The order of species arrival during community assembly can greatly affect species coexistence, but the strength of these effects, known as priority effects, appears highly variable across species and ecosystems. Furthermore, the causes of this variation remain unclear despite their fundamental importance in understanding species coexistence. Here, we show that one potential cause is environmental variability. In laboratory experiments using nectar-inhabiting microorganisms as a model system, we manipulated spatial and temporal variability of temperature, and examined consequences for priority effects. If species arrived sequentially, multiple species coexisted under variable temperature, but not under constant temperature. Temperature variability prevented extinction of late-arriving species that would have been excluded owing to priority effects if temperature had been constant. By contrast, if species arrived simultaneously, species coexisted under both variable and constant temperatures. We propose possible mechanisms underlying these results using a mathematical model that incorporates contrasting effects of microbial species on nectar pH and amino acids. Overall, our findings suggest that understanding consequences of priority effects for species coexistence requires explicit consideration of environmental variability. link to publication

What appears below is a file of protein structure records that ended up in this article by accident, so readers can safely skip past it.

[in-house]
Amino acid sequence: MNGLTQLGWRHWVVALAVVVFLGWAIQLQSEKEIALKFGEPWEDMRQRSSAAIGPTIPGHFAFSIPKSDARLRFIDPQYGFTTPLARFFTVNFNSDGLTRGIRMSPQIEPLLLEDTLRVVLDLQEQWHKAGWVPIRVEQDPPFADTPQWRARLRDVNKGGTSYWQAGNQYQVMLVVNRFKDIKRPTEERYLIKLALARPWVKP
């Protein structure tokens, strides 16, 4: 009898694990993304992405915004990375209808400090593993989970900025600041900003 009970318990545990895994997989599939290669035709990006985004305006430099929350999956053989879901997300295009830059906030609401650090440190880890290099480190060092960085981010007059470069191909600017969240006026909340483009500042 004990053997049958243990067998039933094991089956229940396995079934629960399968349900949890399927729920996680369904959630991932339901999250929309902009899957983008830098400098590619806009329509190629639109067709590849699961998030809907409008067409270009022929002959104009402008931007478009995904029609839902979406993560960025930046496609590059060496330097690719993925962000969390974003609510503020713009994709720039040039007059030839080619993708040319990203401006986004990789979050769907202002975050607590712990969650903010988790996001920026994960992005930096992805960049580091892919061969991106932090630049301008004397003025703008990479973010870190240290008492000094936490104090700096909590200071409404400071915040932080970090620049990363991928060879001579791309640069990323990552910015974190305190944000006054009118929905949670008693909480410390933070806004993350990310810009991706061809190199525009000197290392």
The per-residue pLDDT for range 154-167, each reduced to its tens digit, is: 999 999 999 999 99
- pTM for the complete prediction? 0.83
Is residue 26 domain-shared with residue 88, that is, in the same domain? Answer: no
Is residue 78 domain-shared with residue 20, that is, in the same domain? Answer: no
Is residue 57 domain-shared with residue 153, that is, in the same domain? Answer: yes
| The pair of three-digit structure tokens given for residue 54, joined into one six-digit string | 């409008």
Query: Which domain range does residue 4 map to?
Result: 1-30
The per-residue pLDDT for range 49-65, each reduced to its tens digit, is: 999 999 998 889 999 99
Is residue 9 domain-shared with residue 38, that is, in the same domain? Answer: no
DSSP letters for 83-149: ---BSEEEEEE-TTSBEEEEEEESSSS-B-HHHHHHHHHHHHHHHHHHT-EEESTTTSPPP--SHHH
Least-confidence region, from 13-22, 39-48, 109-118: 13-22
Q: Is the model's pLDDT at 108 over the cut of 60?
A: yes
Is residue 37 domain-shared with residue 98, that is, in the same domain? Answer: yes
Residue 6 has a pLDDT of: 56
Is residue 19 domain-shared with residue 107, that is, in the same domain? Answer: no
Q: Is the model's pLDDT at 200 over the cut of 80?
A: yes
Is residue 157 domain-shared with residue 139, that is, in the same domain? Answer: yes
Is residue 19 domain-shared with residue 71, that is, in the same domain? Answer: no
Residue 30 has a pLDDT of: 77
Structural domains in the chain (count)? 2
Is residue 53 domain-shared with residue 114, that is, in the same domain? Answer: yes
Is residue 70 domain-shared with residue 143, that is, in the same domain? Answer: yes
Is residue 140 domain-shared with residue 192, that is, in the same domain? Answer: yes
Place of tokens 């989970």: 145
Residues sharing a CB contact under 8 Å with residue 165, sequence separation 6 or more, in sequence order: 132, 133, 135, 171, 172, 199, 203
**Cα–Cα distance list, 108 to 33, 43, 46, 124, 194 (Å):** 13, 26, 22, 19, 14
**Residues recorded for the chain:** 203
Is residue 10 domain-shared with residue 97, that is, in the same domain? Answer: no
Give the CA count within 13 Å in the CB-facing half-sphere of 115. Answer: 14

Tucker CM, Fukami T. 2014. Environmental variability counteracts priority effects to facilitate species coexistence: evidence from nectar microbes. Proceedings of the Royal Society B: Biological Sciences 281(1778). doi: 10.1098/rspb.2013.2637.
Year Published: 2014